Should I Give Up Everything to be a BJJ Athlete?

On Budo Jake’s new Youtube.com channel, he recently posted a video addressing a question from Fabio, an Italian BJJ practitioner from Italy. Fabio, who works in marketing and sales, is pondering giving up his passionless job and moving to the United States with his family to work and train in BJJ. Budo Jake related to Fabio since he also worked in a job her didn’t care for before deciding to move to Japan to train and experience life.

Jake layouts several realities of making such a radical change by pointing out that Fabio has a family, the lack of money and jobs in BJJ, and losing passion for BJJ once you start working in it full-time. He did suggest finding a job in the United States that is close to a the gym he would like to join and would work around his schedule. There is a challenge though to getting a work visa which involves a lot of paperwork and several thousands of dollars to obtain.

While Fabio’s situation is challenging due to his family responsibilities and the difficulties of getting a work visa in the United States, it is still a viable option for younger athletes with little responsibilities or financial debt. There are many realities and hardships to making the leap that Jake mentions in the video that we often don’t see or realize. When we watch Black Belts at Worlds or in super fights, we usually see the finished product and not the years of grinding and financial hardships that is common for a sport where funds and options are limited.

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There is a Black Belt from Norway that visits our gym several times a year. He owns his own successful BJJ/MMA gym in his home country and traveled the world to train and compete. Once after training I said to him “Man, you have the life.” He responded “You should have seen me for the 10 years when I had nothing.”

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I have known people who have been able to make a living in BJJ while training full-time. It is not an easy or glamorous life for any of them, but it is a very fulfilling life. Here are there examples of people I have met who have made a life out of BJJ.

Blue Belt Competitor, Owns BJJ Apparel Company: One of my teammates was once a rising pharmaceutical advertising executive in New York City. She relocated to Los Angeles to train full-time and work on her women’s grappling apparel company.  In addition to training twice a day and working on her apparel startup, she also consults for a B2B social media agency. Her weekdays start at 5 AM when she wakes up and starts working from home on her consulting gig and her apparel company. She works until 11 AM and then heads out to train at noon. After wrapping up training at 2 PM, she then works until 5 or 6 PM and then goes to her second training session until 8 or 9 PM. Her apparel company has gotten many positive reviews for its design and performance and she finished 2nd at the Mundials and 1st at American Nationals.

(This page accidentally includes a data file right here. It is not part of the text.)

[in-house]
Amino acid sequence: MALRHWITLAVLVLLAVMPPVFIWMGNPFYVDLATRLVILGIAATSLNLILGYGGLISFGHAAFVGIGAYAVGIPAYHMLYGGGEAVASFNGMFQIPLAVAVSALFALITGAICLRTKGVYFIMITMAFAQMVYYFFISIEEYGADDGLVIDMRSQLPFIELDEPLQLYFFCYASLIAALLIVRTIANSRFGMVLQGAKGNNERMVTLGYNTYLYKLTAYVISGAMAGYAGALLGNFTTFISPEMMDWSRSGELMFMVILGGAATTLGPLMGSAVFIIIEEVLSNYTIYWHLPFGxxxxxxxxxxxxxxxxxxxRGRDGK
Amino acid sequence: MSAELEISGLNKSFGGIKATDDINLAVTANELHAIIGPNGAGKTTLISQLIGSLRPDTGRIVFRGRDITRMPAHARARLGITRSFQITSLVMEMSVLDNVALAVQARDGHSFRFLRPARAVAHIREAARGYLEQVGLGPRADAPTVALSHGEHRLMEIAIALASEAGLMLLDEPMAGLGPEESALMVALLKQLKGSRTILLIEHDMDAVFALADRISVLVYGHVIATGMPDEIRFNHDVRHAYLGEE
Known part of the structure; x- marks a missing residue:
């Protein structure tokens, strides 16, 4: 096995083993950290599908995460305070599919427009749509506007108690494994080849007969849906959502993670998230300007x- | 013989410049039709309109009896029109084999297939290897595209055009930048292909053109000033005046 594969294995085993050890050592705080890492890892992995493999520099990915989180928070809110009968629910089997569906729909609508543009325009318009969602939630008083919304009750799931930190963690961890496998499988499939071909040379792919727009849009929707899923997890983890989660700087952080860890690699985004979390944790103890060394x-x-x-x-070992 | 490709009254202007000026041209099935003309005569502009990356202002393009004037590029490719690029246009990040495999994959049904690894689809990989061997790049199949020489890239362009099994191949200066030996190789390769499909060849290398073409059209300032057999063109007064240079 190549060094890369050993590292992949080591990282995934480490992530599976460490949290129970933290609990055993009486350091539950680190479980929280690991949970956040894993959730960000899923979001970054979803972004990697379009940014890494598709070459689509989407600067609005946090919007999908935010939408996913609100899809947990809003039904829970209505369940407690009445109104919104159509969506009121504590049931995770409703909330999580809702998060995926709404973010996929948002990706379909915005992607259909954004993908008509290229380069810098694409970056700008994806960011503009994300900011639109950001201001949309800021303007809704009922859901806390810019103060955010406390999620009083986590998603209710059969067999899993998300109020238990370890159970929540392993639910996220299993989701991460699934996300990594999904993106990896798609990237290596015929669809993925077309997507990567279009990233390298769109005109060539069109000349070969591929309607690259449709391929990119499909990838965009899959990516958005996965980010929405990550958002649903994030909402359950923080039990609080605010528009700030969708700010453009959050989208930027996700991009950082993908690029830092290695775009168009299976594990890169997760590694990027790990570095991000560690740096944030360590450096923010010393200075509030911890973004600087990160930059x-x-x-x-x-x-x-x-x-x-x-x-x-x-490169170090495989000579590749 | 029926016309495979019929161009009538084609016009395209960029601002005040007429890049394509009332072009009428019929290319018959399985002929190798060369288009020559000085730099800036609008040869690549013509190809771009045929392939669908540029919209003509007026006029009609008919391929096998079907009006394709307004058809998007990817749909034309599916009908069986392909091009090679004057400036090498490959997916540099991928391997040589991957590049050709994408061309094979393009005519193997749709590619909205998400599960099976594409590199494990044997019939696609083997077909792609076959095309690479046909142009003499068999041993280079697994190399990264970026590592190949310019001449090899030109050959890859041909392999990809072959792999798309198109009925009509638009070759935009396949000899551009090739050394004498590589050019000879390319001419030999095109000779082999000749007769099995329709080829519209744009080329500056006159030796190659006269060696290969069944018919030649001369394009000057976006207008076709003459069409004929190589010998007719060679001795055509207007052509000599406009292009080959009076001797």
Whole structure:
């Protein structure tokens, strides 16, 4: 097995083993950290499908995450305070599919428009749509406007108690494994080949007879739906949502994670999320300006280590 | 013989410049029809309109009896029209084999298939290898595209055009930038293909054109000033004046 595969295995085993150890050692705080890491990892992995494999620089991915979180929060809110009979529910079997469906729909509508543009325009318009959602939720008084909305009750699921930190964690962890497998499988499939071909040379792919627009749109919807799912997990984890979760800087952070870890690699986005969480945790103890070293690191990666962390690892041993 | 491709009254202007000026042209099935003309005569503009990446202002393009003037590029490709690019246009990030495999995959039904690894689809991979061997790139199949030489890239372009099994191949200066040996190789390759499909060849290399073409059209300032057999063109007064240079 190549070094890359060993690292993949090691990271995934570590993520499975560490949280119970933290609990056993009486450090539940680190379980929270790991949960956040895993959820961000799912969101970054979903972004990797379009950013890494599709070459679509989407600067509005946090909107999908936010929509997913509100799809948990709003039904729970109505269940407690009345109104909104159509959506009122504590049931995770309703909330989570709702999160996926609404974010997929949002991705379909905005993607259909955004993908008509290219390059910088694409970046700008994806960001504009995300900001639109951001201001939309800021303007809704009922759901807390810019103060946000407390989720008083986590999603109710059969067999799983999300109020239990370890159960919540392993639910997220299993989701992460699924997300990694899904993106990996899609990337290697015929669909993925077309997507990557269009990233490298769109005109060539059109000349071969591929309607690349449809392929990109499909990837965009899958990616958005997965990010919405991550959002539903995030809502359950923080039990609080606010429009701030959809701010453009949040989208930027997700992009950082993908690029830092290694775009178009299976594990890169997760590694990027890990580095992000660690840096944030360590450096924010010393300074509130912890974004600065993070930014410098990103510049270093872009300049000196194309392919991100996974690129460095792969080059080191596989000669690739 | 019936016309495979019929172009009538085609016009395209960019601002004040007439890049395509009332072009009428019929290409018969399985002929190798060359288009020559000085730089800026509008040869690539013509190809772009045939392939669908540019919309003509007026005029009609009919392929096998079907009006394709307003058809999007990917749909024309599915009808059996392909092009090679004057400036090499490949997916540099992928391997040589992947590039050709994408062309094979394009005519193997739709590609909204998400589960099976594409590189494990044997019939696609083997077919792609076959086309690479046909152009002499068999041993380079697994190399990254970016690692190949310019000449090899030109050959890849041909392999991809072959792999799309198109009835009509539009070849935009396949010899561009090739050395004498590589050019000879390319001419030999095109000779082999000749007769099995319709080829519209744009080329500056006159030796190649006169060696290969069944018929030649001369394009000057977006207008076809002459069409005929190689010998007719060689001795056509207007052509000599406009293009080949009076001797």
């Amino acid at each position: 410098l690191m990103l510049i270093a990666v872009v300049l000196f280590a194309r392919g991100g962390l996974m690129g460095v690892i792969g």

Purple Belt, Freelance Social Media and Internet Developer: The second example is a Purple Belt World Champion who gave up a full-time corporate gig to enable himself to train twice a day and work as a social media and internet developer/consultant. He also, wakes up early and works before his 9 AM training session. He then returns homes and works on his projects which includes managing his academy’s website, advertising, and social media until his second training session. After training, he then returns home and works well into the evening writing code, running optimization tests for his web projects, and communicating with clients and partners in addition to spending time with his family.

Black Belt, Full Time Coach: Coaching at a large school mean teaching up to 15 classes a week in addition to training twice a day that includes drilling, rolling and strength and conditioning. In between teaching and training, he does administrative work, mans the front desk, and teaches private classes throughout the day. His week day work day typically starts at 10 AM and ends at 10 PM with some breaks in-between. His only day off is Sunday when he catches up on errands and house choirs. After a recent Saturday training session, he mentioned to me how broken down his body feels after all of the time on the mats spent teaching and training six days a week.

The common theme is that all three of these people still have very long days, work hard, and are very disciplined. The three examples also have college degrees to fall back on. They have been able to build a lifestyle where they are able to train full-time, but their opportunities to train multiple times a day doesn’t make their days any easier or absolve them from life’s responsibilities. In addition to their work ethics, all three are very athletic and have a natural talent for BJJ that matches their mental aptitude and dedication to the sport.

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Making a life around BJJ can be done, but it doesn’t make life easier or carefree. Like anything worth having in life it still requires a lot of hard work and long days. Building a life around BJJ can be achieved, but it take a great deal of effort that is fueled by passion and sacrifice.

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